As I mentioned, most are not interested in looking into this. Comments like, “why believe anything at all?” and “Seriously, I would offer some people dictionaries and concordances, but I fear I would go broke without cause” is ample evidence. I will go back and try to learn how to read. Such Christian discourse.
Correct Christian discourse is about the truth. Look that up in the dictionary while you are at it.
It’s actually a serious question, Jim and not snide or unChristian.
When cherry picking beliefs, of deciding what is or isn’t corrupted, deciding to accept this scholarly view and not that scholarly view… It opens up a world of inconsistent belief patterns. Inconsistency even in the picking and choosing. So the question is legitimately “why believe anything at all”. Because the end result of picking and choosing and staying logically consistent is that there really is nothing to believe in. Not if you essentially choose to undermine the very foundation of the belief in going after pet doctrines.
That’s no more rude a statement than speaking how most Christians only give it a “superficial” view, after all. That could be read into just as easily. Perhaps instead of lashing out, you take the statements at their face value intention?
Jim, putting verses like Mt. 1:23, Lk. 10:18, Jn. 3:13, Jn. 17:1-18 (specifically vs. 5), and Eph. 4:8-10, aside I do have a major problem with your comment, “Christ not being the God of the Old Covenant does not invalidate much of the New. It does invalidate SOME of the understanding most people have.” As already stated, it does more than invalidate some of the New Covenant, or some of the understanding most people have – it invalidates all of who my Savior is.
If He was not pre-existent then He was merely flesh and blood like you or me. If that is all He was, then I don’t care if He lived a perfect life because all He would have earned is eternal life for Himself. That would be no different than if I were to live a sin-free life and then be crucified — all I would save would be my life — and of course even that is impossible for any of us. That being said, even if I could have lived a perfect life, my life is not worth more than that, my life, and neither is any other human being’s. The only one worthy enough, and worth enough, to pay the penalty for the sins of all humanity would be the one who created humanity. It is the GREATEST act of love and the greatest act of humility. It required the one who had created all (Jn. 1:3) humbling Himself and becoming like one of His creation. I think it more than interesting that the greatest act of love first required the greatest act of humility. It ties in with some of John’s previous posts on humility — humility is mandatory when it comes to true love. Unless the one who created all life was willing to give Himself for His creation, how in the world would we be able to have confidence in God’s love for us?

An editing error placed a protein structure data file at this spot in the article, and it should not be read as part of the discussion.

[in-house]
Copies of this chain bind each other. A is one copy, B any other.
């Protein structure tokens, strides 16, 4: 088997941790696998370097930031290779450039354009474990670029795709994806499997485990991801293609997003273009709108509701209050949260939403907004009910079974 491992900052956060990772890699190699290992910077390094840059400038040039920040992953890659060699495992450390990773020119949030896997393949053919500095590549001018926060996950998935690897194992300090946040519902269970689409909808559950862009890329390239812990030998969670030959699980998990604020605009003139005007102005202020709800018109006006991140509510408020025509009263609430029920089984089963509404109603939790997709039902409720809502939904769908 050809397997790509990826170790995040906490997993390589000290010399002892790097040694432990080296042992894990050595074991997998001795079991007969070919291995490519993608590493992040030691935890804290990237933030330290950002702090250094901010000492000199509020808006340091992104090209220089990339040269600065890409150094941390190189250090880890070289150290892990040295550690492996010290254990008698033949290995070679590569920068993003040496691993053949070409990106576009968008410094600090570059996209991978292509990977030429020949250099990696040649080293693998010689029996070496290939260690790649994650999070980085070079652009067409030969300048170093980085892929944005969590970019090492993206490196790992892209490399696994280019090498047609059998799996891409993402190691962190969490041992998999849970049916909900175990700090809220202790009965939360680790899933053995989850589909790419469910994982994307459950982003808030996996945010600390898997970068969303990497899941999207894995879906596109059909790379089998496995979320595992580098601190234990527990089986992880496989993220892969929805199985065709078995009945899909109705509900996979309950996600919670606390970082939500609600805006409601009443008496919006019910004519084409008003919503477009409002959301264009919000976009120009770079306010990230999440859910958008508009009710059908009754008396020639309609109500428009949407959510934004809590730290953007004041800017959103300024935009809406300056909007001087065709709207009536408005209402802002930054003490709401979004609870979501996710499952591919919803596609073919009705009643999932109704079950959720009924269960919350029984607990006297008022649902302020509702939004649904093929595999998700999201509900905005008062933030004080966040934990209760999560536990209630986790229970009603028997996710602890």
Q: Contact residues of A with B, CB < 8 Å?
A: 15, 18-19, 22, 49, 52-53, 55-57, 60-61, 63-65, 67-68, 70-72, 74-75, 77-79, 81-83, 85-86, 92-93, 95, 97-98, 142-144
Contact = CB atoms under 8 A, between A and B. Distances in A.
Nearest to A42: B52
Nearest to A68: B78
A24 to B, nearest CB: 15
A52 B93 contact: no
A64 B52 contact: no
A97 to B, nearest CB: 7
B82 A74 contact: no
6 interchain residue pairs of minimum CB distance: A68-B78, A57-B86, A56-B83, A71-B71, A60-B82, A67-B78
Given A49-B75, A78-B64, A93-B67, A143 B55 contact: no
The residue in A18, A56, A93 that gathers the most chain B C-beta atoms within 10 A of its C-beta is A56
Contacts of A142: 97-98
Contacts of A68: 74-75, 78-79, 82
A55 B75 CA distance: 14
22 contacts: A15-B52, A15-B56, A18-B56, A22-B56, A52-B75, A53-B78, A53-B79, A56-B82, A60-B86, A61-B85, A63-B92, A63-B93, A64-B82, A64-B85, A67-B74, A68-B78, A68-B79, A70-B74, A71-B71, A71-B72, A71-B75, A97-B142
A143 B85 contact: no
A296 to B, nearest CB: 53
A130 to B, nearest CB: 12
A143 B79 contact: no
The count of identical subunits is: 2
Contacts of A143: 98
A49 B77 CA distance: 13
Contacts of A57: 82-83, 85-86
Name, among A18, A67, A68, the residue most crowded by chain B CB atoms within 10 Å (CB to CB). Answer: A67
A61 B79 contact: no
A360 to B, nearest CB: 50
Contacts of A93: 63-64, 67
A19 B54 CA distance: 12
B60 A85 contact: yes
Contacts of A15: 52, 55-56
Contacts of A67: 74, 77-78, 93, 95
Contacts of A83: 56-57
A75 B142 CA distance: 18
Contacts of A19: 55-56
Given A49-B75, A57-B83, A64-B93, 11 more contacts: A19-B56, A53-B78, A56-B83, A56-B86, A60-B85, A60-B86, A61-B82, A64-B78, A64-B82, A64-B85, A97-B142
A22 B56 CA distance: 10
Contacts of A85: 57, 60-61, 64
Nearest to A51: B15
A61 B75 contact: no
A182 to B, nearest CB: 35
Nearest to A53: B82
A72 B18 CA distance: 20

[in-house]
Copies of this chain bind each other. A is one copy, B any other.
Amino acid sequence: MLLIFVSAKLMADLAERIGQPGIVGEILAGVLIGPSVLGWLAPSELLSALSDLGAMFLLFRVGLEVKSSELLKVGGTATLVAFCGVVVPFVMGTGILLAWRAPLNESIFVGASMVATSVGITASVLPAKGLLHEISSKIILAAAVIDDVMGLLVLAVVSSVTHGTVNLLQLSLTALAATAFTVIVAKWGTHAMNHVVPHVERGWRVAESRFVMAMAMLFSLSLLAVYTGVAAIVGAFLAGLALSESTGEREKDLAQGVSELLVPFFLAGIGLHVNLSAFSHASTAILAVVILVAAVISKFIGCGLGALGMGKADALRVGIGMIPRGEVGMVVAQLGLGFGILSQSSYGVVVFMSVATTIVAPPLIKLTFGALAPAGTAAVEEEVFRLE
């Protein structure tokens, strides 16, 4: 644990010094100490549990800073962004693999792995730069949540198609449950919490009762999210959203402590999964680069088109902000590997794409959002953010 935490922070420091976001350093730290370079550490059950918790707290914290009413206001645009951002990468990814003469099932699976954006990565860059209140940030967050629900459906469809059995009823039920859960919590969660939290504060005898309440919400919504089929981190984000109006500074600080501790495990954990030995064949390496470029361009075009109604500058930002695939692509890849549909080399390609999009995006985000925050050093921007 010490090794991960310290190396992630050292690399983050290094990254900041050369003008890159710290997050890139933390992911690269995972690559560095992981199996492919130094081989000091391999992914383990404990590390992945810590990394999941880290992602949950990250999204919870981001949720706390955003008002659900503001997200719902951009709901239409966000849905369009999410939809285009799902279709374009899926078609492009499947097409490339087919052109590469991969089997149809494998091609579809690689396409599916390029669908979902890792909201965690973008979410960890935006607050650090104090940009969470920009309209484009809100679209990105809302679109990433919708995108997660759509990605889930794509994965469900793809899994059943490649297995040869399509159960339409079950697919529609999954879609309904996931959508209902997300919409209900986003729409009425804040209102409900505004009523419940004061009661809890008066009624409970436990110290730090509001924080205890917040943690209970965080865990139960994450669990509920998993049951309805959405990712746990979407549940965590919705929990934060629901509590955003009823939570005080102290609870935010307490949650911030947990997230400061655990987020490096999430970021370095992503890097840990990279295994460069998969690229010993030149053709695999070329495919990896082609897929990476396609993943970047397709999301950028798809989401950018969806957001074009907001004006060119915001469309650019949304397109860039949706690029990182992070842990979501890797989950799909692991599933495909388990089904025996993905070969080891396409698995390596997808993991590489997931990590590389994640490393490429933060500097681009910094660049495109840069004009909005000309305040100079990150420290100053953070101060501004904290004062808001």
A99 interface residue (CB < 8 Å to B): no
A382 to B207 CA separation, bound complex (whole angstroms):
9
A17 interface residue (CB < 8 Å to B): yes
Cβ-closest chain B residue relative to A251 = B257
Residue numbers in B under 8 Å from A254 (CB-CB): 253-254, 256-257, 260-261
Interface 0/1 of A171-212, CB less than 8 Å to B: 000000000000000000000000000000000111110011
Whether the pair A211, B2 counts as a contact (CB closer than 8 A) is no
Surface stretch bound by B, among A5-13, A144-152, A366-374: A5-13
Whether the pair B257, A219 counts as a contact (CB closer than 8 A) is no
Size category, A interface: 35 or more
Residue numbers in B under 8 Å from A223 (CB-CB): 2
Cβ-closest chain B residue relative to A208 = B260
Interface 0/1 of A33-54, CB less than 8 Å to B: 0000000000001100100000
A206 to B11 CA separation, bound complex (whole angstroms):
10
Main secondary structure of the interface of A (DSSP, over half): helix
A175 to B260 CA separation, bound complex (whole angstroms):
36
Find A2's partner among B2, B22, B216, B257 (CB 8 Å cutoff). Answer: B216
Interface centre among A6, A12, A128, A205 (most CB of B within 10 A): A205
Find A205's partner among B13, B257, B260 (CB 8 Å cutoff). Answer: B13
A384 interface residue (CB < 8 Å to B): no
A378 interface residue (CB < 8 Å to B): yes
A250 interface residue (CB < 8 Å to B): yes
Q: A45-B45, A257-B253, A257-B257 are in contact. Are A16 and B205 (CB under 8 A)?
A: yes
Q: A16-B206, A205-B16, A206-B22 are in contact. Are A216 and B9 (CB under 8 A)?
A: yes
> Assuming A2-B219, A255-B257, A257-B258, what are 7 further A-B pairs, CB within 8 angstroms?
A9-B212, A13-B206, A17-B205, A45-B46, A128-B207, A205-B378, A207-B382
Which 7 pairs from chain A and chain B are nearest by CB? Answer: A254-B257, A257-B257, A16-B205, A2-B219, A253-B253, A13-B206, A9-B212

I have no desire to get into an argument with you, John, or Andrew. Your main point in the last paragraph, Ed, cannot be proven by scripture. If it does please provide scripture. God the Father decided how we would be saved. He decided this, not any human being. Human beings have assumed how God the Father should do it. It is one of the huge assumptions humans have made.